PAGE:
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    Is the kosher switch really permissable for shabbos?


    i noticed that the article on only simchas did not mention any rabbnoims names, or how it works halachikly.


    They have a website.


    The list of rabbis endorsing the kosher switch is pretty impressive.


    The list of rabbis who hold it’s assur might be even more impressive, but of course, they don’t publish it.

    To give some credit, they do allude to the fact that they were unable to receive endorsement from some rabbis. They claim that most who wouldn’t endorse it were for “non-halachic” reasons. If that means zilzul Shabbos (which I don’t see a way around, and their rationalization is a bunch of empty words), I would call it halachic. They could use the term Rabbi Oelbaum (who strongly hinted that he holds it’s zilzul Shabbos) used, and say that their lack of endorsement was not for melachah reasons. Even this is far from clear (and they hint that some asser for melachah reasons). The miskaven issue is difficult to get around.

    If you look carefully (to be honest, I looked at only a couple), at least some of the “endorsements” are pretty tepid.


    I saw the video for the switch and it seemed to be working similar to the Kosher Lamp.

    Either they have Rabbi Oelbaums endorsement or they is using video editing to make it seem like he is endorsing it.



    I don’t see how it is similar, at all, to a Kosher Lamp. You are not uncovering a light which is already lit and shining.

    I saw what Rabbi Olebaum said, I would not call it an endorsement. He does not say that you are welcome to use it. He says ask your Rav. Very big difference.


    The idea behind it is nothing like the kosher lamp, which is a cover over the bulb. This is a different type of switch.

    Rabbi Oelbaum’s endorsement is limited to the melachah aspect, but he alludes to the zilzul Shabbos issue when he tells you to speak to your own rav.

    I don’t think the kosher lamp has an endorsement which says, “ask your rav”. I bought an urn made under Jewish ownership, and the endorsement, where a rav says it doesn’t require tevila, doesn’t say, “but ask your rav”. The hechsher on my box of cereal doesn’t say, “kosher l’mehadrin, but ask your rav”.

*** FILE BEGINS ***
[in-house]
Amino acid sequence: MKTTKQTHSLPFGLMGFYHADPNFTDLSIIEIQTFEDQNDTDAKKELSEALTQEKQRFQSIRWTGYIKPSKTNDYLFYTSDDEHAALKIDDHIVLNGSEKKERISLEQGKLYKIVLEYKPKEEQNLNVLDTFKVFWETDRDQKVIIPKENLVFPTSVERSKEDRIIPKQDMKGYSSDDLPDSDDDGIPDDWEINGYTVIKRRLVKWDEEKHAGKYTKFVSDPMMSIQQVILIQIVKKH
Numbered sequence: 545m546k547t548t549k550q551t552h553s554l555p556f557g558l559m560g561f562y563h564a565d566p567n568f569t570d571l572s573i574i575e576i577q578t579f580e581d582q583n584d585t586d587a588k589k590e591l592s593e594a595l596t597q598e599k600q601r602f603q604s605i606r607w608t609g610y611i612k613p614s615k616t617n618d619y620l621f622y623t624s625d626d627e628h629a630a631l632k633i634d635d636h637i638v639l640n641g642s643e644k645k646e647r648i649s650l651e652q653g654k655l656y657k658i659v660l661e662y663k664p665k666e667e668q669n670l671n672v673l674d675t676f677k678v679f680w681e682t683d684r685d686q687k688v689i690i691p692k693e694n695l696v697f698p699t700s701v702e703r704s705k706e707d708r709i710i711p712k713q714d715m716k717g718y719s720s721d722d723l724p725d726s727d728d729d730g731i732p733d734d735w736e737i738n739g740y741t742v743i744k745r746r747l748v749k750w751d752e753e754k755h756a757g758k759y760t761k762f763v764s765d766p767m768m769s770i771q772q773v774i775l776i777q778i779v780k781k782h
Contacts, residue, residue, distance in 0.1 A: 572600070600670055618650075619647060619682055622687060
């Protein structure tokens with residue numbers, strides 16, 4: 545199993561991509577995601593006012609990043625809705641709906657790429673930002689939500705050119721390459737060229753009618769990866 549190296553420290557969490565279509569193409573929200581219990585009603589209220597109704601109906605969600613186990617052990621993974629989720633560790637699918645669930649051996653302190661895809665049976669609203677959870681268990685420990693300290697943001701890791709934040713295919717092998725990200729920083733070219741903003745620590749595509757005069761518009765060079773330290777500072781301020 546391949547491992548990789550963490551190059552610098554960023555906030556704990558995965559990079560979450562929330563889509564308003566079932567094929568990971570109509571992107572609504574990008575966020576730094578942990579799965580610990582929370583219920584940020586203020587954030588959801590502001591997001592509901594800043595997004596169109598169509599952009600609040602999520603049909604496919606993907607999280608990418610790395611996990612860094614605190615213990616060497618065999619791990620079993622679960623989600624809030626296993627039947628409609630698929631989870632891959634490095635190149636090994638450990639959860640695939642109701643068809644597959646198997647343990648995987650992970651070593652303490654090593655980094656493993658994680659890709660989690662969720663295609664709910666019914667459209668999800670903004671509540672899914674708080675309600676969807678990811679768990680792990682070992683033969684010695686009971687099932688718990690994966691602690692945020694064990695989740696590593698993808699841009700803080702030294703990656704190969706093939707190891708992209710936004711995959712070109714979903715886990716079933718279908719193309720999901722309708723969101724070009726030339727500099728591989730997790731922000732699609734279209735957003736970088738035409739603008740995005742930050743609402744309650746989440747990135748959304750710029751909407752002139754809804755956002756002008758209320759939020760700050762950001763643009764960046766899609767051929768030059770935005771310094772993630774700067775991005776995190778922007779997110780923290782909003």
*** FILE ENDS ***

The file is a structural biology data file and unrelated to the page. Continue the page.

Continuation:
Kosher lamp only covers and uncovers the light bulb by blocking or unblocking it. I don’t see how that is comparable to Kosher Switch.


    BTW, this is not a new project. It’s been around for years. I saw a proposal to investors which cynically predicted that the chareidi opposition would generate free PR which would boost sales in other sectors, and eventually it would become universally accepted.

    When I hadn’t seen anything on it for years, I hoped that the rabbonim who endorsed it realized that they were marketing it to the public (rather than for certain institutional use, for which it seems to be useful), they dropped their endorsements.

    I’m dismayed to see this come up again, being marketed as a l’chatchilah.


    This switch blocks something. (If you watch the video) the plastic does nothing except cover something from going across. but the item is still going. That is basically how the Shabbos lamp works, you are blocking something


    I would also note that there are parts of the promotional video that are at least slightly off-color. Not what you would anticipate or expect in a video that is supposed to promote the “kashrut” of this product.


    It’s interesting to note that they take great pains to differentiate this from the Shabbos Mode ovens, which almost everyone assers.

    UPDATE: Preventing Transgression: Gedolei HaPoskim Asur Pressing Buttons on ‘Shabbos Mode Ovens’ on Yom Tov

    It may be better, according to some, regarding the grama issue, but I don’t see how they get around the zilzul issue. The link from that article to the Kol Koreh no longer works, but I’ll quote the translations:

    To all of the above we affix our signatures:

    (HoRav) Yosef Shalom Elyashiv”

    (HoRav) Elya Ber Wachtfogel

    (HoRav) Shlomo Miller, Rosh Kollel, Kollel Avreichim Toronto

    (HoRav) Gershon Bess, Rav Kehilas Yaakov, Los Angeles”

    I left out the part about melachah/grama, because the technology is different, but I don’t see why the zilzul Shabbos issue is better.


    Is this any different that changing the settings on an appliance while the power is turned off by an automatic timer, assuming the controls are mechanical? I believe the reason we don’t do this has to do with muktzeh. One has always been able to plug things into a timer while the timer is running but power if off to the outlet controlled by the timer, and the objections to doing this would seem to apply to the “kosher switch.”


    ZD, they’re blocking different things, and halachically, there’s no comparison.

    Akuperma, it’s not merely because of muktzah. You’re causing it to go on or off.

    As they point out, I think correctly, if it were muttar, it wouldn’t be muktzah.



    It isnt remotely similar to the Shabbos Lamp. With the lamp it is on for the duration of Shabbos you just cover it with a safe cover to block the light which remains on. This is not much different than closing the door to a lit room.

    The kosher switch, does block something but that in of itself doesnt make it muttar. The light actually turns on and off. It is in no way similar to the kosher lamp. “Blocking something” isnt a magic phrase that allows melacha to be done (though it often turns it into gerama which is still assur), many melachas invlove “blocking something” for example all you do when you shut a stovetop is block the flow of gas to a flame, it is still assur on Shabbos (and Yom Tov).

    The way it works as identified on


    Zahavas Dad

    From the Kosher Switch website:


    Not that anyone would belive me, But I have direct access to at least 2 of the Rabbanim who are on this video.

    I am going to find out if they really endorse the product of its just fancy video editing (At least one of the people on the video I belive did not endorse the product and was just there via video editing)